The Five People You Meet in Heaven

There is a reason this book was on the New York Times Best Seller List for 95 weeks. When it came out almost ten years ago I remember the fuss, but I never read it. My sister brought it home about a week ago from a pile of “To Share” books at work and tossed it into my lap.

(I see how it is. You just want to read to the review on here to see if it’s good, then you might read it after that.)

The Five People You Meet in Heaven, by Mitch Albom, revolves around a man named Eddie. Eddie is old and grumpy. His wife is dead, he never got along with his father, and he hates his job as a maintenence worker at Ruby Pier, an amusement park that he has been stuck at his entire life. He checks the rides every day and occasionally makes balloon animals for children who ask. One day, one of the rides breaks and Eddie tries to save a little girl who is underneath the falling car. When he wakes up, he is young, full of energy, and can run around this new world that he discovers is actually someone else’s heaven.

In the afterlife, Eddie travels to other peoples’ heavens…specifically five people that had a great impact on his life. The first is the Blue Man, one of the ‘freaks’ in the Ruby Pier show of Eddie’s childhood. The Blue Man explains some of the rules of heaven – how Eddie will travel and what he can expect. He also learns the first lesson of the afterlife: that everyone is connected somehow. He continues traveling and meets the four other people that had the greatest impact on his life. There’s his formy army captian,  and Ruby (who teaches him about his father), then his late wife Marguerite, and finally a young girl named Tala who was killed during World War II while Eddie was a soldier. Each person he meets along the way has a new lesson for him and plays a part in Eddie’s understanding of his life. He must come to terms with everything that happened over his lifetime before he learns whether or not he saved the girl from the ride at Ruby Pier.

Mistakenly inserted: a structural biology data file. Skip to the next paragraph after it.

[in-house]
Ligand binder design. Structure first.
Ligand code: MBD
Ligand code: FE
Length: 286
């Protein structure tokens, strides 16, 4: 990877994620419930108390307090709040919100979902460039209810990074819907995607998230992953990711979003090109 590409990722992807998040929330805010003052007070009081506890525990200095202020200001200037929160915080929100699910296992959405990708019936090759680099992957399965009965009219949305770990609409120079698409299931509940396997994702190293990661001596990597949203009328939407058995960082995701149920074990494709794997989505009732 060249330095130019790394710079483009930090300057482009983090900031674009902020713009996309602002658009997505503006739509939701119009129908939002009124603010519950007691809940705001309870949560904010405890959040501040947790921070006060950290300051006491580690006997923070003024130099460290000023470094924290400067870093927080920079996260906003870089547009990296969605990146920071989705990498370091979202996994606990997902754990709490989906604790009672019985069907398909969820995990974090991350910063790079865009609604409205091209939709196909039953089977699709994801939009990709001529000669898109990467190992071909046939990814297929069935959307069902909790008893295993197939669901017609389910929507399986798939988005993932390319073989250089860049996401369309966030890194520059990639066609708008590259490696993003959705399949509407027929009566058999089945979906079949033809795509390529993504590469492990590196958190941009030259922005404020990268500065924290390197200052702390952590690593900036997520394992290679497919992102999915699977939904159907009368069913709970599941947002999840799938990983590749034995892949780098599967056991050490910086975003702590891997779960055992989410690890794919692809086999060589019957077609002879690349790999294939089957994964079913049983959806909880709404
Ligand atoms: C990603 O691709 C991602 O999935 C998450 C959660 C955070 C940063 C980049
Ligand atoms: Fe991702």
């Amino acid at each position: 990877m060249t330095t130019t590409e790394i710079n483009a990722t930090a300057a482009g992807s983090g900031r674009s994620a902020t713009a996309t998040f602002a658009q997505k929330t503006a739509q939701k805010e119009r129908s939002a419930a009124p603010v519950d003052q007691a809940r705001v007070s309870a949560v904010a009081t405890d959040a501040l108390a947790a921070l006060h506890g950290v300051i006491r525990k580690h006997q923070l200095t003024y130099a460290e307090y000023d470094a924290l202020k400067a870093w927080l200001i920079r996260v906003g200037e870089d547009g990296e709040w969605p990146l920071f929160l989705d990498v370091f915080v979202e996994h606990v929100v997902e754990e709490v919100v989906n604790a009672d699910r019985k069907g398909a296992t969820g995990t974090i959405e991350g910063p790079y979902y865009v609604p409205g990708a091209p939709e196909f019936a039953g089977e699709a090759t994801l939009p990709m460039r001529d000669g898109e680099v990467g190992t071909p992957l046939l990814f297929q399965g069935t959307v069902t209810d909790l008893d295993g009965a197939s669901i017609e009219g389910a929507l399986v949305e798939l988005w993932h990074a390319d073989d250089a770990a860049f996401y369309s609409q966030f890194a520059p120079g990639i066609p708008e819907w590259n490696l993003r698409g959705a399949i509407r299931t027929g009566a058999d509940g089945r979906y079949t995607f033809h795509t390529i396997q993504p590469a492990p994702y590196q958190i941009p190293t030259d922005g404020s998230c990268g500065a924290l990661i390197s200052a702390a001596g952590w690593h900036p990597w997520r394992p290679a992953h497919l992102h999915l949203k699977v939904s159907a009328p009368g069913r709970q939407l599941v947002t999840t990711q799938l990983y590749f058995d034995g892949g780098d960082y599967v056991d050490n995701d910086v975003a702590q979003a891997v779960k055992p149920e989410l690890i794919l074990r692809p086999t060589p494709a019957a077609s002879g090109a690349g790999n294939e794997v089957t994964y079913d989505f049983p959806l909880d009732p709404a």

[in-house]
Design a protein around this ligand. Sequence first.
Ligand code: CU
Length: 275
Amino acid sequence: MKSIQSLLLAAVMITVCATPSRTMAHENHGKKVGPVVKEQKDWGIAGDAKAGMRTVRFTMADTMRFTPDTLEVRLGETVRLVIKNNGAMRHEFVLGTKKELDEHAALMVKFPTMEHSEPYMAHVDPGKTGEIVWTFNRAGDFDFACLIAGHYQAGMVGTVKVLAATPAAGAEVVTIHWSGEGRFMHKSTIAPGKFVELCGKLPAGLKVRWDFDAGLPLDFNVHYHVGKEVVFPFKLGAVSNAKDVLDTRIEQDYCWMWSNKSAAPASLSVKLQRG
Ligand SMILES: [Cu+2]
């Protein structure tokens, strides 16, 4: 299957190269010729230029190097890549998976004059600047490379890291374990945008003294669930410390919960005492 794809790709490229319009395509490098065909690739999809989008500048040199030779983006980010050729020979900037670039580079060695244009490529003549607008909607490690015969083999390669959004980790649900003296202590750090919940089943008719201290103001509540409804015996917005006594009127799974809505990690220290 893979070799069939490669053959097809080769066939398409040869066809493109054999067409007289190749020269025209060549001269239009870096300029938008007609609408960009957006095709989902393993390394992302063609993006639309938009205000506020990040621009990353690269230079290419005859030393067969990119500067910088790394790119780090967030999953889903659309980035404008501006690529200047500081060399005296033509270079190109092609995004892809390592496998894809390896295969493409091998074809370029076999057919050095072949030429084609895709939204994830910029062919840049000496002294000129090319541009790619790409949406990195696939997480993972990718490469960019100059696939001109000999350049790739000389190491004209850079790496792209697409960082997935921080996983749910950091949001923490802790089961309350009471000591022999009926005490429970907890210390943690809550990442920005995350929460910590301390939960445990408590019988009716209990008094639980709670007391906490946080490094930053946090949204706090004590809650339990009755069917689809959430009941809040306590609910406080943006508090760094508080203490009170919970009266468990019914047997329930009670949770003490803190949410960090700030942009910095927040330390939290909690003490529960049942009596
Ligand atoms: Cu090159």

This book was a fantastic read, and I think anyone who picks it up will truly enjoy it. It shows that everyone is connected somehow, in some way, and that every action in life has some sort of a consequence.

The School of Essential Ingredients

I’ve never read a book about cooking before, except, you know, a cook book, but The School of Essential Ingredients by Erica Bauermeister was a fantastic read. The prose was beautiful, elegant, and rich. I know this sounds like it’s leading to a terrible metaphor comparing cooking and the elements of a story (mix them together, blend gently, folded into the story…) but I really loved this book.

Lillian owns a restaurant and teaches cooking classes on Monday nights once a month. There are eight students, and each chapter revolves around one of the students. The book opens with Lillian’s story, explaining why she loves to cook. As she grew up, she used cooking to connect with her mom and draw her out of her shell, guided by Abuelita, who is a neighborhood shop owner who teaches her certain cooking lessons. Much of Lillian’s “training” comes from experiments she does on her own. She learns to cook without following recipes but going with her intuition and mixing ingredients based on what emotions she wants to create.